Thorens TD1601

Turntable Test

Thorens TD1601 Review

Back to the Top – The TD1601 looks like it came from a time gone by, traditionally places the record on a spring-loaded sub-chassis – and can deliver highest listening pleasure. STEREO tests the first turntable of a new Thorens generation.

| Matthias Böde

If you trust today's marketing agencies, tried and tested concepts have lost popularity in modern hype-driven society. Everything has to be new, smart or at least somehow different. Gunter Kürten knows their arguments. And yet Kürten, who is well acquainted with the hi-fi industry having held high-ranking positions at other manufacturers before and who took over the Thorens brand about two years ago, is deliberately focusing on timelessness instead with the new TD1601. After all, the name Thorens has at one point stood for the "affordable audiophile turntable" like hardly any other.

Image Gallery

Thorens TD1601
10 Bilder
Thorens TD1601 construction details
Thorens TD1601 Belt and Sub Platter
Thorens TD1601 Detail
Thorens TD1601 power supply unit
Thorens TD1601 Speed Adjustment

One of these 70s Thorens stars was the TD160 which was captivatingly simple on the outside but had a big musical heart inside. This is the ancestor of the manually operated TD1600 and the semi-automatic TD1601, which is equipped with an elaborate auto return. And you really don't need to be a Thorens expert to immediately notice the similarities right up to the authentic looking platter mat.

It also seems like these parallels were usually recognized with great joy and no sign of boredom wherever prototypes of the new turntable were on display. They received many approving reactions, some even gently stroked over the flawless gloss finish of the black or walnut frame. General tenor: finally a real Thorens again! Previously, the brand had attracted some criticism with its inconsistent model policy, in which mass and sub-chassis drives of all kinds seemed to have been randomly thrown together. In terms of quality these were okay, but their appearance was quite arbitrary.

Enter the TD1601, which is supposed to continue the brand's rich tradition that had previously been lost track of, and which implements the "Thorens DNA" in a familiar yet distinct way: In addition to its straightforward, then style-defining appearance of the frame, there is the characteristic belt drive as well as the sub-chassis supported on three conical springs, which decouples the turntable and tonearm from cabinet and ground. All that is very similar with the TD1601, although here the screws for levelling the height of the internal MDF support are accessible from below.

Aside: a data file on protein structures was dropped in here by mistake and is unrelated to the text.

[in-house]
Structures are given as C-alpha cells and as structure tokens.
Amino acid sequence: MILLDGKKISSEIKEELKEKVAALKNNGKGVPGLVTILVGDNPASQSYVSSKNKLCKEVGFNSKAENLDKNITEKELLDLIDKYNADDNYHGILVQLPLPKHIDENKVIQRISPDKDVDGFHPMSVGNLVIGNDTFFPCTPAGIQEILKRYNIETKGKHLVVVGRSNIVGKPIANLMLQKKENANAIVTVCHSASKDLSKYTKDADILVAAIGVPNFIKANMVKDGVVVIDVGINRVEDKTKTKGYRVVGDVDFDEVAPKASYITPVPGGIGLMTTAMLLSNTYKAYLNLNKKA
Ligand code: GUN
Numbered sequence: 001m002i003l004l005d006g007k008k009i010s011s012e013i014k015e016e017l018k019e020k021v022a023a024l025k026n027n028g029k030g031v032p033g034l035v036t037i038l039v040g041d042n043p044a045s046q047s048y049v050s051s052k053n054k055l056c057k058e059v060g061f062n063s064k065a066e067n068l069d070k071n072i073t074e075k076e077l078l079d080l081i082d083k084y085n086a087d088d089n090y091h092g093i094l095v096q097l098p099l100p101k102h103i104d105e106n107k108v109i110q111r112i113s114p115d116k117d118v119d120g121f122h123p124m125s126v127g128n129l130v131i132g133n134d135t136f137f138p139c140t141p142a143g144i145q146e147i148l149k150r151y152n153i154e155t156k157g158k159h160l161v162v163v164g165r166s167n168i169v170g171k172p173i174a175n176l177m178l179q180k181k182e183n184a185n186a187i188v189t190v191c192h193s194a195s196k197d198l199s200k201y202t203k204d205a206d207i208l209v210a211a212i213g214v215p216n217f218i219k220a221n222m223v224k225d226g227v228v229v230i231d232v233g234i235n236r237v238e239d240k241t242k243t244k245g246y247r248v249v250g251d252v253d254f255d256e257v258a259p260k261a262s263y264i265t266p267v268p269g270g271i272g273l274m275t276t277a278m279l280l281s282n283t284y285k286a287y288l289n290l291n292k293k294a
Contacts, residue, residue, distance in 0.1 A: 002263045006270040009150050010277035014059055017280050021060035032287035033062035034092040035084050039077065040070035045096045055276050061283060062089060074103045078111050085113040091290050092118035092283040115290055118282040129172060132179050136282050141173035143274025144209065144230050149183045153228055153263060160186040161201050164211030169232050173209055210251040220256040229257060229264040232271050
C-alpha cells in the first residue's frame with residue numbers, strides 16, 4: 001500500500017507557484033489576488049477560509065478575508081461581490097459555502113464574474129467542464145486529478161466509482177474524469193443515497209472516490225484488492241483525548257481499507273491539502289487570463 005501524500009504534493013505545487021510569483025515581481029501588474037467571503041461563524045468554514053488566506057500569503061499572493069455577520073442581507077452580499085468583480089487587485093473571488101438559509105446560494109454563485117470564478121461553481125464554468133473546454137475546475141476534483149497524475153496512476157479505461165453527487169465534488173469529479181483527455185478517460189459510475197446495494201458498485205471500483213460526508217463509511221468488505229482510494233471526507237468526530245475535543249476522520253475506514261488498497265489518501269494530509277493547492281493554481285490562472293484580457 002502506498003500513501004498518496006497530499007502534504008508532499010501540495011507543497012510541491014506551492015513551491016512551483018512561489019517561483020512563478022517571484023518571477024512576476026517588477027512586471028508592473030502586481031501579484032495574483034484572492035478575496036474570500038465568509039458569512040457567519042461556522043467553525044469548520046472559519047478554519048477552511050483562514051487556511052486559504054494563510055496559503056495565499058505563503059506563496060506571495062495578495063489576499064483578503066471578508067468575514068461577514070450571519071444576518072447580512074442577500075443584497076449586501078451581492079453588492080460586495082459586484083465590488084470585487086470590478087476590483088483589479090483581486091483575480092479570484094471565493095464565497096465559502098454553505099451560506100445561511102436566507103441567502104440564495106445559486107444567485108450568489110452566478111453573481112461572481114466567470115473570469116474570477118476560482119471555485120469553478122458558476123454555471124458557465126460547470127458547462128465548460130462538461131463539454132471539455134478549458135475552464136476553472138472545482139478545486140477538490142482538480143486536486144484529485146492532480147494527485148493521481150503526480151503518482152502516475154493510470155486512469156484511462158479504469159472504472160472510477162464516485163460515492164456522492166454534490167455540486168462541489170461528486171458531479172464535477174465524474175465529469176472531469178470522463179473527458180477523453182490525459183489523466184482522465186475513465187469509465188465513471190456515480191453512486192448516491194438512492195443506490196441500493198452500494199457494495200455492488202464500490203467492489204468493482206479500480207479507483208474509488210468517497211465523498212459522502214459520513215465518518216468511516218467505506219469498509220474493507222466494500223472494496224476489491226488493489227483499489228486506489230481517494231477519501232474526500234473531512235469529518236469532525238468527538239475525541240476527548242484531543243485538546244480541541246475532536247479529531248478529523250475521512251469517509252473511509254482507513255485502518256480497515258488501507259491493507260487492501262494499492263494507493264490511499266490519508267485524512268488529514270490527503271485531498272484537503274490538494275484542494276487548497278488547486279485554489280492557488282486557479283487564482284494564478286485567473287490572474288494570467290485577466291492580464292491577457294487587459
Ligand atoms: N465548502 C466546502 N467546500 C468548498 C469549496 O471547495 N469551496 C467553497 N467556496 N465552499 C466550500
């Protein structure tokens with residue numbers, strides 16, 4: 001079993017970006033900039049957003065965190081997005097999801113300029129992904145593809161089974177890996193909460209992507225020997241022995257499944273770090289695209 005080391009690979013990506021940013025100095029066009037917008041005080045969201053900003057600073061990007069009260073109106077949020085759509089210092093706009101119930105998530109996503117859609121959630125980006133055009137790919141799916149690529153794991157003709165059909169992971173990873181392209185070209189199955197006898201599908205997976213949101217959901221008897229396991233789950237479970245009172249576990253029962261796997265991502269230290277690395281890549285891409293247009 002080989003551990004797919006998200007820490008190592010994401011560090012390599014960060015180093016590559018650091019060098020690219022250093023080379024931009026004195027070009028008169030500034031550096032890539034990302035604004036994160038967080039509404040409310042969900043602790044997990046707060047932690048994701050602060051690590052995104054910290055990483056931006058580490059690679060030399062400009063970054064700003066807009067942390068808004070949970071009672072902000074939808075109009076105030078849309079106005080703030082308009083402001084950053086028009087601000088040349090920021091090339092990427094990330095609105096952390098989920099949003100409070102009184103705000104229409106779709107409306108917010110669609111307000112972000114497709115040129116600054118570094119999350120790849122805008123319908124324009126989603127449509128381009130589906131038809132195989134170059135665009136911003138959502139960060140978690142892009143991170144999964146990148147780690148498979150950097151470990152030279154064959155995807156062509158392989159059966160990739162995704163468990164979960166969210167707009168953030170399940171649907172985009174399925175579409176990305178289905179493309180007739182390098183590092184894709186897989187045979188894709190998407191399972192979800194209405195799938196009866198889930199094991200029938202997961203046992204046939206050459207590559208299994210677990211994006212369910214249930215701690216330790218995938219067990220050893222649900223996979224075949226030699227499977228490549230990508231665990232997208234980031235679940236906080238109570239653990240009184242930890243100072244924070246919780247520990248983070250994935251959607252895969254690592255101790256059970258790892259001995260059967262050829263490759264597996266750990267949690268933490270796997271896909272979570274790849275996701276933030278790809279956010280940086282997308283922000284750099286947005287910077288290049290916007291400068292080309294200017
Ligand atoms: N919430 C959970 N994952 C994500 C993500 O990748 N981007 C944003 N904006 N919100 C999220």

This means that the platter, which weighs a good two kilograms, can remain on the turntable during adjustment, thus eliminating the tiresome platter down, adjusting, platter back, checking procedure of earlier Thorens models that were adjusted from above. Also unlike previously, the sub platter now cannot simply be pulled out of the bearing, which should prevent improper handling and damaging the steel axle which stands on a ball bearing or the bronze bearing with its "Delrin" disc in the bottom. Latter is exactly and consistently lubricated by Thorens before shipping.

Thoroughly Designed

As always, a flat belt wraps around the inner platter, which is kept in motion by a synchronous motor. This is fixed in the turntable's housing on a damped cylinder, so that there is no firm connection, ergo no resonance transmitted to the platter and arm.

The dreaded "wobble" of older Thorens' sub-chassis that was caused by the pull of the starting up motor is prevented in a simple and ingenious way by using a wire anchored to the base plate that is guided by foam to calm it and which is gently pre-tensioned to support the precise piston-shaped stroke of the sub-chassis thus preventing it from moving towards the motor. The cable can also be retensioned by the service department if necessary. The conical springs are filled with damping foam, which reduces vibrations of the sub-chassis.

An aluminum plate between the platter- and arm bearing provides additional stability and stiffness. It provides a stable resistance to relative movement of these parts, which would result in loss of information. On top the complex interior is covered by a low-resonance aluminum sandwich with a plastic grid core in between.

Thorens' manifold tried and tested TP92 with its characteristic resonance ring on the internally damped aluminum tube is used for the tonearm. In the final version, it is fitted with a scaled counterweight, which should render the otherwise necessary use of a tonearm scale obsolete.